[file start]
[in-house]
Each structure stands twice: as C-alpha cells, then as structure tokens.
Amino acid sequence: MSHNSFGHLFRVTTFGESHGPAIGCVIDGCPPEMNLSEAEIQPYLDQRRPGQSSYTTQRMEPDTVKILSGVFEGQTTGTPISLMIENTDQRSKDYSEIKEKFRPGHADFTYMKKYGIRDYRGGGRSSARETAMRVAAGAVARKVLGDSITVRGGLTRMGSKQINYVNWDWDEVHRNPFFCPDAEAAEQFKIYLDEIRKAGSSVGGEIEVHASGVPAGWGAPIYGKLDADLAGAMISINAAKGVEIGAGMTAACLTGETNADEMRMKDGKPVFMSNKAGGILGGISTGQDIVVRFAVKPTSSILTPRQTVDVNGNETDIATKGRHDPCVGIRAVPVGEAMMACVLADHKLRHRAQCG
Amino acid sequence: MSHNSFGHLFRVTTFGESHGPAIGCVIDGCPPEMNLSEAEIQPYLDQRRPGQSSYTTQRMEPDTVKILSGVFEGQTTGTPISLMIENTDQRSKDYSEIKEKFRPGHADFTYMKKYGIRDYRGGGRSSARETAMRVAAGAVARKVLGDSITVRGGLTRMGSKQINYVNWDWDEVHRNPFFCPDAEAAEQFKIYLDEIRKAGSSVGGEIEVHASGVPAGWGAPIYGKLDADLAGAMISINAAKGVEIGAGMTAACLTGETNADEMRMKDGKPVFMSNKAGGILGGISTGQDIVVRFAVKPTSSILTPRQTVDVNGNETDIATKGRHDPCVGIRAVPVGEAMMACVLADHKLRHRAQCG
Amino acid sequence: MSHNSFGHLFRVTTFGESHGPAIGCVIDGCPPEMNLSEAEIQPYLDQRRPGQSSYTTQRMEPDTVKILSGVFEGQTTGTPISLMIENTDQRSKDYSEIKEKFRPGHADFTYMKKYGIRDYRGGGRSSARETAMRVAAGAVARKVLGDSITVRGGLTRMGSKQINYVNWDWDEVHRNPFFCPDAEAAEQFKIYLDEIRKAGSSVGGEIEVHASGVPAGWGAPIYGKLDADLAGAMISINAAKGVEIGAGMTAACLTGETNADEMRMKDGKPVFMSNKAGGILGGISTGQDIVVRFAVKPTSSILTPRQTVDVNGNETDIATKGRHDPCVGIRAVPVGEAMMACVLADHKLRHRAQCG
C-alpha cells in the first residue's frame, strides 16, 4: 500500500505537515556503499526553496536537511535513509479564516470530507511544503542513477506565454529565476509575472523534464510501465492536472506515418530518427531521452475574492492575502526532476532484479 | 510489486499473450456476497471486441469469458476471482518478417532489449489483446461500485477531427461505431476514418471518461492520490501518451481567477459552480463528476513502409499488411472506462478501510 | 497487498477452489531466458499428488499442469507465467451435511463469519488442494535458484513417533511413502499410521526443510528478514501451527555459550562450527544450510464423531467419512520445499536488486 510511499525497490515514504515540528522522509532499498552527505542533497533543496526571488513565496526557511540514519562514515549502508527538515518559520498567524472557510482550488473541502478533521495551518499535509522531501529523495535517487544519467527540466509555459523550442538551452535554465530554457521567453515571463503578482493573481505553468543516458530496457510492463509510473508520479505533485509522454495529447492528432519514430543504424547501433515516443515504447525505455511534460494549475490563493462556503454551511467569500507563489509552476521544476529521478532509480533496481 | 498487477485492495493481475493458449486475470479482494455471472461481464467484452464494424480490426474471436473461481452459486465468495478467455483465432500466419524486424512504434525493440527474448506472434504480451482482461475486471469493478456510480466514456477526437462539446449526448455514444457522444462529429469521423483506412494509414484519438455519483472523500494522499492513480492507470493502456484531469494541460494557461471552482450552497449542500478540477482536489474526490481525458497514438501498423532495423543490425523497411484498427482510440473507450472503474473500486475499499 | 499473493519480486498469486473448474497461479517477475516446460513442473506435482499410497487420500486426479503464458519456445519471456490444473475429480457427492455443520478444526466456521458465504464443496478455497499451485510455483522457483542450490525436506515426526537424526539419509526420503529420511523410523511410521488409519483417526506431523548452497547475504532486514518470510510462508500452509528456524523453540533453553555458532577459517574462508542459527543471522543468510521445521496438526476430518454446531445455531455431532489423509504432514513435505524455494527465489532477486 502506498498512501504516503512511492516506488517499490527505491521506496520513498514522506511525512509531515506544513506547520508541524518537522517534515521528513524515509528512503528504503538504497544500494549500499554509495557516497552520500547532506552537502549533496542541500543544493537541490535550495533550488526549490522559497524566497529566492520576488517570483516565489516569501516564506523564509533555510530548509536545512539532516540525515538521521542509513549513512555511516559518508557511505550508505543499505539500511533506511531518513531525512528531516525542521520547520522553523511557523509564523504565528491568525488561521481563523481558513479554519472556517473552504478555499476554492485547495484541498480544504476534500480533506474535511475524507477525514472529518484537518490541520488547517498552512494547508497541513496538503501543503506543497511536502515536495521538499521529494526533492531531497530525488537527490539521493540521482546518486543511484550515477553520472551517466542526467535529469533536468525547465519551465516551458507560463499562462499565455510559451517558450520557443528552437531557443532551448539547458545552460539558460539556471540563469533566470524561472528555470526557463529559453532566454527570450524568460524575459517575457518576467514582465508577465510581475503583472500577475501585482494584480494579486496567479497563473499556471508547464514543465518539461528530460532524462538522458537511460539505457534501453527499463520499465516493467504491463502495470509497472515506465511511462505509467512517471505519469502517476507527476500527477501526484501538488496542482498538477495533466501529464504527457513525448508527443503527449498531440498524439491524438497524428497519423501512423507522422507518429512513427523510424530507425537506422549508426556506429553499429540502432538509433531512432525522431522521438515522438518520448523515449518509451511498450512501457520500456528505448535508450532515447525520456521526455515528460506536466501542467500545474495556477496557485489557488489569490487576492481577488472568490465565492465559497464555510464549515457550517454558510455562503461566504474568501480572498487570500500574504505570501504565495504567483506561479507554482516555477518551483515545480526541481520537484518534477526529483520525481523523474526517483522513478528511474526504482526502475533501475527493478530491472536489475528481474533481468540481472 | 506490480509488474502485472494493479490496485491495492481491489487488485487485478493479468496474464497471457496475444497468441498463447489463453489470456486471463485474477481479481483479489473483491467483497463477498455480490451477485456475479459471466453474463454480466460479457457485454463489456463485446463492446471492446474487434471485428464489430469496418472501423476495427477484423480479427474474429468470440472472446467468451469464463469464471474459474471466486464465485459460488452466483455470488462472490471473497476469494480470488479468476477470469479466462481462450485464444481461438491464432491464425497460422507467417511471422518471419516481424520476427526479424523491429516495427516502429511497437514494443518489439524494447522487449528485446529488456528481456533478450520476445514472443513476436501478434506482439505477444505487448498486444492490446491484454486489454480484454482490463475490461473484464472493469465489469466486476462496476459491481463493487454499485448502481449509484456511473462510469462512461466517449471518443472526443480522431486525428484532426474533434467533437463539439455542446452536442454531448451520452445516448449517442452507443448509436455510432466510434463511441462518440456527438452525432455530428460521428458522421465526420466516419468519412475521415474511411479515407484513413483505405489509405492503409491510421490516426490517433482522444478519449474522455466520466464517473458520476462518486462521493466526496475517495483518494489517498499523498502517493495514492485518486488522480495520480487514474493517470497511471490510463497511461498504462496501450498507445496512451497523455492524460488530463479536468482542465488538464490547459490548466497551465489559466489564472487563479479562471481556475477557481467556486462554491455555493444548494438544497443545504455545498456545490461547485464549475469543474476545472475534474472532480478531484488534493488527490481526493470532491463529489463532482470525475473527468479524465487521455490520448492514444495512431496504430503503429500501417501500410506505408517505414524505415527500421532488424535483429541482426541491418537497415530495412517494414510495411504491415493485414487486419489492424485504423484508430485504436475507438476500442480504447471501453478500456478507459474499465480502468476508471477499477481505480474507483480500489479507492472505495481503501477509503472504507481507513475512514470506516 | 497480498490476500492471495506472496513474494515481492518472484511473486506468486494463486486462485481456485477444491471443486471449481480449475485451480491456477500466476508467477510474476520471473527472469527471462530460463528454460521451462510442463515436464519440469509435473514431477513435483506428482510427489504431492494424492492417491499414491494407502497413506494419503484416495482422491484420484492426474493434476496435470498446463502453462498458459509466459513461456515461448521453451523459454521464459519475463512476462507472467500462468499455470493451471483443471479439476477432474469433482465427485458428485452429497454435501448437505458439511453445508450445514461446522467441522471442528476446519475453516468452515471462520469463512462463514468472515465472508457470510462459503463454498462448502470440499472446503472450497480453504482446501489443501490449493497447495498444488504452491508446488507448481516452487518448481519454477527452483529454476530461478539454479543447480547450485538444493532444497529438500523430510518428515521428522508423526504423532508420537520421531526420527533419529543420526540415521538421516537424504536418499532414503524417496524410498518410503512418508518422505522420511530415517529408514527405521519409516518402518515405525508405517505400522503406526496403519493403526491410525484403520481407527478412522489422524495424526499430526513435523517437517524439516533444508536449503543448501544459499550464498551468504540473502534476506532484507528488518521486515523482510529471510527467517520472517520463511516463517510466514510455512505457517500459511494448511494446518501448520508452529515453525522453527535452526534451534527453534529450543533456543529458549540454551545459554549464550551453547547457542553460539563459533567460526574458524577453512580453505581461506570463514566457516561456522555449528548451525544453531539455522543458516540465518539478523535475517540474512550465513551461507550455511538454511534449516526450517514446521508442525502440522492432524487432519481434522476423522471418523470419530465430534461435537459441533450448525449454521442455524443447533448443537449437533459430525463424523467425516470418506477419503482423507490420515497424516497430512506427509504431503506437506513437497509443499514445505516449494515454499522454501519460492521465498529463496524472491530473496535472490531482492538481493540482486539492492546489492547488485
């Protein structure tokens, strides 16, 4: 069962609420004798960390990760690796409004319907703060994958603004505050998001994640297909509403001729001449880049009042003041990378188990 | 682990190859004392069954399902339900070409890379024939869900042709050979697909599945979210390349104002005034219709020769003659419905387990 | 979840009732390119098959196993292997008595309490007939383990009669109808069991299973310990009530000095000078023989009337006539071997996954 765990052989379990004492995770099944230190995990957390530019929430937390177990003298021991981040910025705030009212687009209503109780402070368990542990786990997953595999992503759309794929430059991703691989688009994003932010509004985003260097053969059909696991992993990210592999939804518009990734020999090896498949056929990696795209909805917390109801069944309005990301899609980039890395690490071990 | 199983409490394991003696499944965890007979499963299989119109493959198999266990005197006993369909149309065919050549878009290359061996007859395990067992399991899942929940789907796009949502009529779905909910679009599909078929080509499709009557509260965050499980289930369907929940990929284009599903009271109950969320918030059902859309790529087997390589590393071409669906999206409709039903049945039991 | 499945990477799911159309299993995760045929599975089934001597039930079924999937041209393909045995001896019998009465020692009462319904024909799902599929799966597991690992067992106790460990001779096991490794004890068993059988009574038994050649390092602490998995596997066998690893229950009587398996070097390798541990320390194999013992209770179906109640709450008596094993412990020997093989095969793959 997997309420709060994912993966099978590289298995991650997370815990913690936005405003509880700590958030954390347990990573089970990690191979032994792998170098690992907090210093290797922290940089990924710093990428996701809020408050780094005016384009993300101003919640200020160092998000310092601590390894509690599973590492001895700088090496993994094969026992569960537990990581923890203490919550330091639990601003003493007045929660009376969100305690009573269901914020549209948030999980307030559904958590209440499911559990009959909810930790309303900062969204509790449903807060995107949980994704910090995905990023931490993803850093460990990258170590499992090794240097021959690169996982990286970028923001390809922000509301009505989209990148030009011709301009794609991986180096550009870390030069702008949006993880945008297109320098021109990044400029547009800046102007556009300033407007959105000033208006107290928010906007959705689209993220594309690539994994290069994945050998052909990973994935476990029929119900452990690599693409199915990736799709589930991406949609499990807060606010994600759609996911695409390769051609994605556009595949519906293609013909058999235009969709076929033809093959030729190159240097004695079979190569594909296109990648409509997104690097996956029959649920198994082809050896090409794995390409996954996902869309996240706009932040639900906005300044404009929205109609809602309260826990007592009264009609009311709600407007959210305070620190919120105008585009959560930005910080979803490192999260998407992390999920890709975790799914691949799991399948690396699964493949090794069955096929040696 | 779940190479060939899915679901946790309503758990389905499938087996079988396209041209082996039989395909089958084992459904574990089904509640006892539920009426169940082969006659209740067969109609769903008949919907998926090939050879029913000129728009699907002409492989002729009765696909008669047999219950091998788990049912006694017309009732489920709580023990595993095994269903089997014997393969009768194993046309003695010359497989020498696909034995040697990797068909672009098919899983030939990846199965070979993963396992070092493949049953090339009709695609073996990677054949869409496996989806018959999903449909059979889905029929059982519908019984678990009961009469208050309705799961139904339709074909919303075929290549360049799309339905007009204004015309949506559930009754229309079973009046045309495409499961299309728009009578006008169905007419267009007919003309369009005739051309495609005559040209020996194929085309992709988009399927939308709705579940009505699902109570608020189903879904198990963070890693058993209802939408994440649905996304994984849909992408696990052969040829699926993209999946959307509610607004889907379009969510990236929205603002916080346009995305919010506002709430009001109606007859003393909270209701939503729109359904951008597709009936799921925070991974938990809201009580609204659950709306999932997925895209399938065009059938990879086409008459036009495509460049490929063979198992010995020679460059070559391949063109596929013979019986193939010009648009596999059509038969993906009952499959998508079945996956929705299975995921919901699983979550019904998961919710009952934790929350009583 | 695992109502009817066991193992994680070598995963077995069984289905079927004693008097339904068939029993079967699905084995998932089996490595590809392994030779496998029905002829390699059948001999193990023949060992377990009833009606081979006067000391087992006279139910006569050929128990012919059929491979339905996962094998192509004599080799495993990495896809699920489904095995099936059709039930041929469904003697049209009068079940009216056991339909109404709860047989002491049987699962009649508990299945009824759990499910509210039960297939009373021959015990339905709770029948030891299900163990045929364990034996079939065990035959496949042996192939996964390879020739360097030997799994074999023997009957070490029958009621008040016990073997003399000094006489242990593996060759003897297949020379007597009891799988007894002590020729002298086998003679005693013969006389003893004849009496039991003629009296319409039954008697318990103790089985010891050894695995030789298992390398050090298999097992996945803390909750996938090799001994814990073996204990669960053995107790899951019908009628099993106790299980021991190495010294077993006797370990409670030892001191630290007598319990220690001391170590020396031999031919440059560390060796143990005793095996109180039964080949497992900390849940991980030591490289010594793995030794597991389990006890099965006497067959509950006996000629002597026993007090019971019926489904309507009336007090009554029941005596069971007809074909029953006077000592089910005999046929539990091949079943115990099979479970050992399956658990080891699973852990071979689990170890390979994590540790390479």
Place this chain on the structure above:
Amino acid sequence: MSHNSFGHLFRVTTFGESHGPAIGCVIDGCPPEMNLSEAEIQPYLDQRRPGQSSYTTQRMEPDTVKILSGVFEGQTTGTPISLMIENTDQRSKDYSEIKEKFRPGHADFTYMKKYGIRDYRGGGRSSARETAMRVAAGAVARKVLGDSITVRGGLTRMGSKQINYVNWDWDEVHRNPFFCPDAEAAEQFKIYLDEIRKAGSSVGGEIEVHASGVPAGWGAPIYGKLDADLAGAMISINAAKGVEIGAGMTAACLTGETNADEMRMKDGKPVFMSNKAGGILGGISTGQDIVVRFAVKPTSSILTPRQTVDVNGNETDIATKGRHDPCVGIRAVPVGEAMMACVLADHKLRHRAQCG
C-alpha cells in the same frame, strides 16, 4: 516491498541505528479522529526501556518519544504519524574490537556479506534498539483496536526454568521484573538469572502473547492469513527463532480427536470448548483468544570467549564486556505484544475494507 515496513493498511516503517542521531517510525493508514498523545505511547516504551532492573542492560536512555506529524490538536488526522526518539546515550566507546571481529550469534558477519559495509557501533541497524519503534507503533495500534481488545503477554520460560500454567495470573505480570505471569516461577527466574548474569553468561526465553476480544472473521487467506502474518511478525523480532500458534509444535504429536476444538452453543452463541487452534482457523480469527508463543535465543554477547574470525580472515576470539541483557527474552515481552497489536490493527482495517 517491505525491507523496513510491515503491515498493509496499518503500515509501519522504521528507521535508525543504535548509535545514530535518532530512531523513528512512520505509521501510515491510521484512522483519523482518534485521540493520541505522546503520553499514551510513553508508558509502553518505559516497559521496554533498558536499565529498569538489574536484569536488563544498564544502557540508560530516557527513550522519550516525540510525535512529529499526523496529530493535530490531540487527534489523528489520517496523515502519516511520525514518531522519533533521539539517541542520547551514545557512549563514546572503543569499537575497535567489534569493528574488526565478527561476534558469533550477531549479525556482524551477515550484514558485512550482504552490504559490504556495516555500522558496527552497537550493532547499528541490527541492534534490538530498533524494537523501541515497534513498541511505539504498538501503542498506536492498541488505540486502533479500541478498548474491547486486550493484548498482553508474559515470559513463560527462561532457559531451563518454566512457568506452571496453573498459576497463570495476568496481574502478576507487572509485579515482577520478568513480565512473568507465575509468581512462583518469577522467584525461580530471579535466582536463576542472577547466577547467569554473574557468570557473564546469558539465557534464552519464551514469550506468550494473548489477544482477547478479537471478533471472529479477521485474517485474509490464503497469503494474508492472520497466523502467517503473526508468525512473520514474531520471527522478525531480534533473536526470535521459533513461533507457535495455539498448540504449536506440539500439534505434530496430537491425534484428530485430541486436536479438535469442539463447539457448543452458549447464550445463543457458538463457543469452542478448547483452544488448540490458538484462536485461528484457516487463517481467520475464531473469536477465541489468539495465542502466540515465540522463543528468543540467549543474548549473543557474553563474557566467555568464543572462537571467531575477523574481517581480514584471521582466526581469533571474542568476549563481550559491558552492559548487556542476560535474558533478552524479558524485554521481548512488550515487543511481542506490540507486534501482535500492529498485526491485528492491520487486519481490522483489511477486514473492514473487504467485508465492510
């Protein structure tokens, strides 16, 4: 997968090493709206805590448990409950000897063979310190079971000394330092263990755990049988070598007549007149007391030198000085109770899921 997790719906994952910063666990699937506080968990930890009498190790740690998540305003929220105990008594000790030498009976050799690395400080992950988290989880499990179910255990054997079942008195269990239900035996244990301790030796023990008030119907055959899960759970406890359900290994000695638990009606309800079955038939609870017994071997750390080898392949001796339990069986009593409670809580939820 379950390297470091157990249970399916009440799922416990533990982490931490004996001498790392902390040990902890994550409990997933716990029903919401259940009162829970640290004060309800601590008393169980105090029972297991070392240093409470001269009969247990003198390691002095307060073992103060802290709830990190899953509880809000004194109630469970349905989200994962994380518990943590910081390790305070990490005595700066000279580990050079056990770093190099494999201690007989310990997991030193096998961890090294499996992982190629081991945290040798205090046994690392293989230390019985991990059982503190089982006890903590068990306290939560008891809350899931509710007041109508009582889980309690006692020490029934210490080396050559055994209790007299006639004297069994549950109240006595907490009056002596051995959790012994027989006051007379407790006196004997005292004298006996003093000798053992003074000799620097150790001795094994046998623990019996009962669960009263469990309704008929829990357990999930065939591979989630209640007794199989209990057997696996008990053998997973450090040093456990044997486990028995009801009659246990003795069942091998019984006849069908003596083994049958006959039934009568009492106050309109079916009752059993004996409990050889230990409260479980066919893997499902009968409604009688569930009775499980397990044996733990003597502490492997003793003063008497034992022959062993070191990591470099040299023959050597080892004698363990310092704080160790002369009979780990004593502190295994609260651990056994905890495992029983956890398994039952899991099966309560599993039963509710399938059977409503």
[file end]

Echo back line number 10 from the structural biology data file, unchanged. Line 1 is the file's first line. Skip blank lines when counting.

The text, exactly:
C-alpha cells in the same frame, strides 16, 4: 516491498541505528479522529526501556518519544504519524574490537556479506534498539483496536526454568521484573538469572502473547492469513527463532480427536470448548483468544570467549564486556505484544475494507 515496513493498511516503517542521531517510525493508514498523545505511547516504551532492573542492560536512555506529524490538536488526522526518539546515550566507546571481529550469534558477519559495509557501533541497524519503534507503533495500534481488545503477554520460560500454567495470573505480570505471569516461577527466574548474569553468561526465553476480544472473521487467506502474518511478525523480532500458534509444535504429536476444538452453543452463541487452534482457523480469527508463543535465543554477547574470525580472515576470539541483557527474552515481552497489536490493527482495517 517491505525491507523496513510491515503491515498493509496499518503500515509501519522504521528507521535508525543504535548509535545514530535518532530512531523513528512512520505509521501510515491510521484512522483519523482518534485521540493520541505522546503520553499514551510513553508508558509502553518505559516497559521496554533498558536499565529498569538489574536484569536488563544498564544502557540508560530516557527513550522519550516525540510525535512529529499526523496529530493535530490531540487527534489523528489520517496523515502519516511520525514518531522519533533521539539517541542520547551514545557512549563514546572503543569499537575497535567489534569493528574488526565478527561476534558469533550477531549479525556482524551477515550484514558485512550482504552490504559490504556495516555500522558496527552497537550493532547499528541490527541492534534490538530498533524494537523501541515497534513498541511505539504498538501503542498506536492498541488505540486502533479500541478498548474491547486486550493484548498482553508474559515470559513463560527462561532457559531451563518454566512457568506452571496453573498459576497463570495476568496481574502478576507487572509485579515482577520478568513480565512473568507465575509468581512462583518469577522467584525461580530471579535466582536463576542472577547466577547467569554473574557468570557473564546469558539465557534464552519464551514469550506468550494473548489477544482477547478479537471478533471472529479477521485474517485474509490464503497469503494474508492472520497466523502467517503473526508468525512473520514474531520471527522478525531480534533473536526470535521459533513461533507457535495455539498448540504449536506440539500439534505434530496430537491425534484428530485430541486436536479438535469442539463447539457448543452458549447464550445463543457458538463457543469452542478448547483452544488448540490458538484462536485461528484457516487463517481467520475464531473469536477465541489468539495465542502466540515465540522463543528468543540467549543474548549473543557474553563474557566467555568464543572462537571467531575477523574481517581480514584471521582466526581469533571474542568476549563481550559491558552492559548487556542476560535474558533478552524479558524485554521481548512488550515487543511481542506490540507486534501482535500492529498485526491485528492491520487486519481490522483489511477486514473492514473487504467485508465492510